- Moving expenses are no longer deductible regardless of whether or not they resulted from a taxpayer’s job change.
- Property Tax, and State and Local Tax (SALT) deductions are limited to a combined total of $10,000 for single and married filing jointly taxpayers. A number of U.S. states, including New York, New Jersey and California, have or are planning to introduce laws to reduce the impact of the SALT deduction limit on its residents. How the IRS will treat these state-level provisions is unclear at this time.
- Retirement Savers continue to receive favorable tax treatment when making annual contributions to retirement accounts. In 2018, the maximum amount that taxpayers may contribute to a 401(k) and receive a tax deduction is $18,500, or $24,500 for taxpayers age 50 and older. The limit on contributions to traditional and Roth IRAs remains at $5,500, or $6,500 for individuals age 50 and older. In addition, because the TCJA increases the income thresholds for taxpayers to contribute to IRAs and Roth IRAs, more taxpayers will be able to take advantage of these qualified retirement plans to save for the future.
- Student Loan Interest continues to be deductible up to $2,500, regardless of whether taxpayers choose to itemize or not. However, the deduction begins to phase out when taxpayers’ modified adjusted gross income (MAGI) exceeds $65,000, or $135,000 for married filing jointly. The deduction is not available to taxpayers whose MAGI reaches $80,000, or $165,000 for married couples filing joint returns.
A Mixed Bag for Families with Children
529 Savings Plans continue to be tax-efficient vehicles for families to save for a child’s future college education. New for 2018 is the ability for families to take from 529 plans tax-free distributions of up to $10,000 per year to pay for a child’s K through 12 private or religious school tuition. Annual 529 savings plan contributions of $15,000 per beneficiary, or $30,000 per beneficiary for married couples filing jointly, are generally not subject to federal gift taxes. There are also planning opportunities that allow taxpayers to elect to treat contributions in excess of the annual gift tax exclusion as if they were spread over a five-year period.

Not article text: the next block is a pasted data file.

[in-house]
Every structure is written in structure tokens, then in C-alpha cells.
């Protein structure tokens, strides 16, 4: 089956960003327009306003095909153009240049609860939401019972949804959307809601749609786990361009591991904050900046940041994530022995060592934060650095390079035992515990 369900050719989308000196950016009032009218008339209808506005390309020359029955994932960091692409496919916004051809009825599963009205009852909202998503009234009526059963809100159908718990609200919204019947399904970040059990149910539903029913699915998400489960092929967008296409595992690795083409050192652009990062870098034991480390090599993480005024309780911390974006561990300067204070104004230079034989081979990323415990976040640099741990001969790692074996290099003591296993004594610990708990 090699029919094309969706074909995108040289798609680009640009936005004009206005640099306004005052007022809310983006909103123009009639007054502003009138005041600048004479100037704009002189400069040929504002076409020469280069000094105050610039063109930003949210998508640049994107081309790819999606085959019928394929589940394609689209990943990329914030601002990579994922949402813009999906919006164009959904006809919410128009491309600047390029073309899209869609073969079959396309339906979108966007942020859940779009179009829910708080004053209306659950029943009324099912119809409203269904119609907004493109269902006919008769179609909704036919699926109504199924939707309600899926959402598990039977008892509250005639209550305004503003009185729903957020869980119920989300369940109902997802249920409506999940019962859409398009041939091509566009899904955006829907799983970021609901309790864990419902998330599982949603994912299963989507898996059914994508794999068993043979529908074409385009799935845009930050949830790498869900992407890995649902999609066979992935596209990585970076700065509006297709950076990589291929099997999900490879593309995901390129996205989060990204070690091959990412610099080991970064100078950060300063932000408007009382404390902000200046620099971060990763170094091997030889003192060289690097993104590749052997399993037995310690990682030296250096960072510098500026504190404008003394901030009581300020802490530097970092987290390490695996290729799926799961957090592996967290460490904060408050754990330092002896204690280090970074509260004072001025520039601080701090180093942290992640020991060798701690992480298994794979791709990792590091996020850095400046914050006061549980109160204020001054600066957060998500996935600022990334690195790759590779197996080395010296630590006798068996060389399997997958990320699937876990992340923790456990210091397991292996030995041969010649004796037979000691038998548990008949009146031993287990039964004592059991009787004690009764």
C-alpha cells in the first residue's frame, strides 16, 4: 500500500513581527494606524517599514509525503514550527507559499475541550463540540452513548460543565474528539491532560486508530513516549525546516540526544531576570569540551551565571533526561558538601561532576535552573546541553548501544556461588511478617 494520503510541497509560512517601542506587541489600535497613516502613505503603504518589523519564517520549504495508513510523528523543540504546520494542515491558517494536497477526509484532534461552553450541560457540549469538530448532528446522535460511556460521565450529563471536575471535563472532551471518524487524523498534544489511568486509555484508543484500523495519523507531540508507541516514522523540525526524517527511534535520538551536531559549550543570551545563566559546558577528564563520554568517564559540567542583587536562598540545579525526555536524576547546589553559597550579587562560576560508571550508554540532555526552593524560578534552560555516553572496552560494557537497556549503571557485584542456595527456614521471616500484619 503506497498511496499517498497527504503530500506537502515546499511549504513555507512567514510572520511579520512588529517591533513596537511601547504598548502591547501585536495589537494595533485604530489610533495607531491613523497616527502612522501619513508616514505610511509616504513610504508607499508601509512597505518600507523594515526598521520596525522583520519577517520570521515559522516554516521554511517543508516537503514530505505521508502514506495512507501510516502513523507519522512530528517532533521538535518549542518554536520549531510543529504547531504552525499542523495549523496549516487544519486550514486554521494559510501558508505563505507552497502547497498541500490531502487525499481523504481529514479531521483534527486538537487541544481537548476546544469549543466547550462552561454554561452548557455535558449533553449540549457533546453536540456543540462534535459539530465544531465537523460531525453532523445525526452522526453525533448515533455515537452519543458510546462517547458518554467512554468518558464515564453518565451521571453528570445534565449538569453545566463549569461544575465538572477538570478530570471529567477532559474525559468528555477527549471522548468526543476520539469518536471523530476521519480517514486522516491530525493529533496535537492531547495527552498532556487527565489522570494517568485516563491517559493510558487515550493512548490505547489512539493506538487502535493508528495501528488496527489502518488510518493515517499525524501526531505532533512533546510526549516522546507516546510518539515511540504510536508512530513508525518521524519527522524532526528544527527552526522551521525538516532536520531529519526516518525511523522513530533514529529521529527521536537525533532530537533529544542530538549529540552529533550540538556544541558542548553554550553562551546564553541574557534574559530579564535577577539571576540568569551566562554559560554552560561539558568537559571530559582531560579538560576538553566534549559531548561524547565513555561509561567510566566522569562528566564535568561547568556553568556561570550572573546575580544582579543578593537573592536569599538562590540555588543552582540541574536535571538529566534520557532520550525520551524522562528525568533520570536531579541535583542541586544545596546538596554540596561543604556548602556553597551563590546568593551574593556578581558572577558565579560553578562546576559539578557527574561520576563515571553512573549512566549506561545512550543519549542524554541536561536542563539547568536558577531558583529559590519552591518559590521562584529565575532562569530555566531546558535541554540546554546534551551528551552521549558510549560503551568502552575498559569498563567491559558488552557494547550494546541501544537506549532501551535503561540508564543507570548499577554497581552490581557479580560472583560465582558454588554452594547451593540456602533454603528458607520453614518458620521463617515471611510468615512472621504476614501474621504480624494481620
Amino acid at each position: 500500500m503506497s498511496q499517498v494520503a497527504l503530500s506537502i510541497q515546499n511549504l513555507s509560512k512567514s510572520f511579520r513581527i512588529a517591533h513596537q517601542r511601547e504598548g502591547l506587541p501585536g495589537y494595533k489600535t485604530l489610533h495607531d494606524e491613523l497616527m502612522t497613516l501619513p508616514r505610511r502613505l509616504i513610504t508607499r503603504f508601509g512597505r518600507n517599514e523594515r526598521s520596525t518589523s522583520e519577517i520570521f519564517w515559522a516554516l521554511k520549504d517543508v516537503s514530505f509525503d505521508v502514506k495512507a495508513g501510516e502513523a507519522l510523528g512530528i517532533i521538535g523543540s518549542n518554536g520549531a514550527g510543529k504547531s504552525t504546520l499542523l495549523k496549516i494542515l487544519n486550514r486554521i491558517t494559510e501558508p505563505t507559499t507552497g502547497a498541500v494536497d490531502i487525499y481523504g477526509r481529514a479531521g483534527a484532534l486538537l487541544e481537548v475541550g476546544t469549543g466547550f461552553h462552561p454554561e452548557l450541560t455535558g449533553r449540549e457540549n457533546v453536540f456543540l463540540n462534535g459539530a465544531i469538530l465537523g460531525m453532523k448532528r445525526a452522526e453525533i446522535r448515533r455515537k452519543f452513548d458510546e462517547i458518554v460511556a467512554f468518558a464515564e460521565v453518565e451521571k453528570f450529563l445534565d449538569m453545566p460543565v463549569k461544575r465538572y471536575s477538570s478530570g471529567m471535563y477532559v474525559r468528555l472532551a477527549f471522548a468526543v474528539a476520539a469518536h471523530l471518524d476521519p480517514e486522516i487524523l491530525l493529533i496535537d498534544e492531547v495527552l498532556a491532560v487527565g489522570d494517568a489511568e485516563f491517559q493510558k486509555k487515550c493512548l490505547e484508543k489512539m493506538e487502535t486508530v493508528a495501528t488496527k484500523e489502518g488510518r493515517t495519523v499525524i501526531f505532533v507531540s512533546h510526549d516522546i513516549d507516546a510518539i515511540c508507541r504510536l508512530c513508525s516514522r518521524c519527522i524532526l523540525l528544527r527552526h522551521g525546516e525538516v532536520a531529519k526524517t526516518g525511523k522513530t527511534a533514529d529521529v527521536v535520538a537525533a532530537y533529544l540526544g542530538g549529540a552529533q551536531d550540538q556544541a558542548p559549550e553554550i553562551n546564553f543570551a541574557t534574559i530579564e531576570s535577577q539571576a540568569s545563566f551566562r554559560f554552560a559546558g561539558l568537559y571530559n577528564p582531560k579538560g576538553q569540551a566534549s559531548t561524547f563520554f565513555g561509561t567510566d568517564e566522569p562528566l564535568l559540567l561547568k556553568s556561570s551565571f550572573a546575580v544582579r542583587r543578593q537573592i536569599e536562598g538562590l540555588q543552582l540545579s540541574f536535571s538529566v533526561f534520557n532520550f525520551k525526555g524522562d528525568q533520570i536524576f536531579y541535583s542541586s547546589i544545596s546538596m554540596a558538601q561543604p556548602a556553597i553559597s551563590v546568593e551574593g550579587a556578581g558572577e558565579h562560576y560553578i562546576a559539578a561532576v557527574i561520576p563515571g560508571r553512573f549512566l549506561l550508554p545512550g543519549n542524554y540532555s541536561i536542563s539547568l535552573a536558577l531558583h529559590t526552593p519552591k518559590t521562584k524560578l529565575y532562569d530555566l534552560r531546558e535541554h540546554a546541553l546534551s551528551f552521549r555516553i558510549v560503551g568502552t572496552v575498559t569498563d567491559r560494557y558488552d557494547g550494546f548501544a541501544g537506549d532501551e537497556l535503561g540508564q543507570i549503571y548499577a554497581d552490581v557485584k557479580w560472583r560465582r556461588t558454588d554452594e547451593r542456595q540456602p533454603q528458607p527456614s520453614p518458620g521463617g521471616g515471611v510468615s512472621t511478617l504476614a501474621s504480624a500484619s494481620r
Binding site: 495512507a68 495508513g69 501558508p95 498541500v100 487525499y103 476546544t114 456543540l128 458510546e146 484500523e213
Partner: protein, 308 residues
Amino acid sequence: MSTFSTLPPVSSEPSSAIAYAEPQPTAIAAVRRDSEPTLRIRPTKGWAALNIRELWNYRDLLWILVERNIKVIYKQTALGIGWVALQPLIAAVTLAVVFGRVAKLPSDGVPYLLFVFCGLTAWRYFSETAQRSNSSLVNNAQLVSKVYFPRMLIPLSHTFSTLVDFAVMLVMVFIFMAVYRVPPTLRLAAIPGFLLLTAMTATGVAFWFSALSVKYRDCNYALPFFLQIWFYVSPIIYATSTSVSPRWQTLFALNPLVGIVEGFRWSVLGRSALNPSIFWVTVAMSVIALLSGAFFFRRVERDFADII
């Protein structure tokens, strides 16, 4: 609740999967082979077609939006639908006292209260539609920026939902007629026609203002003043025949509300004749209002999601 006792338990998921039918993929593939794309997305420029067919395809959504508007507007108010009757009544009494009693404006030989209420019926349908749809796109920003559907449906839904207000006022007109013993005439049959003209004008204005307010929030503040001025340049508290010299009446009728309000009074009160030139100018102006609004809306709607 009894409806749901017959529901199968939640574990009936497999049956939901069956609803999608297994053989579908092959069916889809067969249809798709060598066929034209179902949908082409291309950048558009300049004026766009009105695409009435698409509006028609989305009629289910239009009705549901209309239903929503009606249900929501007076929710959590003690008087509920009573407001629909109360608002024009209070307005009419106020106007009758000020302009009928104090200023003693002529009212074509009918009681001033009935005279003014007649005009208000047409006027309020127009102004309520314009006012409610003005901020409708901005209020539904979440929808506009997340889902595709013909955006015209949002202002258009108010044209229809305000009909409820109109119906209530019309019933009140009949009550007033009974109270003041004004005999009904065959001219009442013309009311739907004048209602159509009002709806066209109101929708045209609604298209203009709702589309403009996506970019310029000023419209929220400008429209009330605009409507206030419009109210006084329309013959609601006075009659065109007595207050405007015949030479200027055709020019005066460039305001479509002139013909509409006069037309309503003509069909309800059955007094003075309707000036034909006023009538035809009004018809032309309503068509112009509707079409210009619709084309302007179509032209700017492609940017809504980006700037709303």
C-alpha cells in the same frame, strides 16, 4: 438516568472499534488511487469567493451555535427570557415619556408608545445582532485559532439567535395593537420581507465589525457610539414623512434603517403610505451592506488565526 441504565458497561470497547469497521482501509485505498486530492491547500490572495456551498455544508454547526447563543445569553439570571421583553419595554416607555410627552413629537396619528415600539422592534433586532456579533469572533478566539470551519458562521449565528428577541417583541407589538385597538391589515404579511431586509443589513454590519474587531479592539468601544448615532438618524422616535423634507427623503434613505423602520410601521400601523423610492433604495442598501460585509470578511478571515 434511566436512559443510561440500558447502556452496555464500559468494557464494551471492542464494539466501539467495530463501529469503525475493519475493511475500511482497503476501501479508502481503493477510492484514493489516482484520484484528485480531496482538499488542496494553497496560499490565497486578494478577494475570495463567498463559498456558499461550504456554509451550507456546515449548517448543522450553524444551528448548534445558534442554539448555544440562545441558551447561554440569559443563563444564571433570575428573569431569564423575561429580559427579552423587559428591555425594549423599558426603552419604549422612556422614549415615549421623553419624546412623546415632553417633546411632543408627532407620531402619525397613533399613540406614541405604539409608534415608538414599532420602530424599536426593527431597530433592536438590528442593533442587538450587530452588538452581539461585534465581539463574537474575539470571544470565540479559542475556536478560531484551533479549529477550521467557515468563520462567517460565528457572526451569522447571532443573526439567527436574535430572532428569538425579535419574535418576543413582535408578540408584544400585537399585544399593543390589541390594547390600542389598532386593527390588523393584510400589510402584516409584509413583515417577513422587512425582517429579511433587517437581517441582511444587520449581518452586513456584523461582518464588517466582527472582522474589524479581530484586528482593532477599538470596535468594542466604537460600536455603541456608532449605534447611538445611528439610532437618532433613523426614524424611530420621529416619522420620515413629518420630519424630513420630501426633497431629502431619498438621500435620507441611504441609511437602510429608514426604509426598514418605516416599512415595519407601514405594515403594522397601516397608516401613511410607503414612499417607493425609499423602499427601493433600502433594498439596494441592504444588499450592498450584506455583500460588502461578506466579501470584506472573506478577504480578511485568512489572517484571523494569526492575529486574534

An Adoption Credit is available for families to recover up to $13,810 in adoption-related expenses. Families that adopt children with special needs are treated as having paid the maximum $13,810 credit regardless of the actual expenses they incur. This nonrefundable credit is subject to a phaseout when MAGI exceeds $207,140 and completely phases out when MAGI exceeds $247,140.
The Child Tax Credit increases to $2,000 per qualifying child and is refundable up to $1,400, depending on a family’s AGI. Once a taxpayer’s AGI reaches $200,000, or $400,000 for married taxpayers filing jointly, the Child Tax Credit begins to phase out.
Obamacare Shared Responsibility Penalty
Taxpayers who go without health insurance in 2018 will continue to be subject to the Affordable Care Act’s individual mandate. The penalty for failing to have health coverage for any month during the year is the greater of 2.5 percent of AGI, or $695 per adult and $347.50 per child up to a maximum of $2,085. The individual mandate is scheduled to be eliminated beginning in 2019.
Tax reform is a game-changer for most U.S. taxpayers. However, leveraging the benefits of the new law and mitigating the risk of exposure to an increased tax burden in 2018 and in future years requires careful planning under the guidance of experienced tax advisors and accountants.
About the Author: Tony Gutierrez, CPA, is a director with Berkowitz Pollack Brant’s International Tax Services practice, where he focuses on tax and estate planning for high-net-worth individuals, family offices, and closely held businesses in the U.S. and abroad. He can be reached at the CPA firm’s Miami office at 305-379-7000 or via email at firstname.lastname@example.org.
Information contained in this article is subject to change based on further interpretation of tax laws and subsequent guidance issued by the Internal Revenue Service.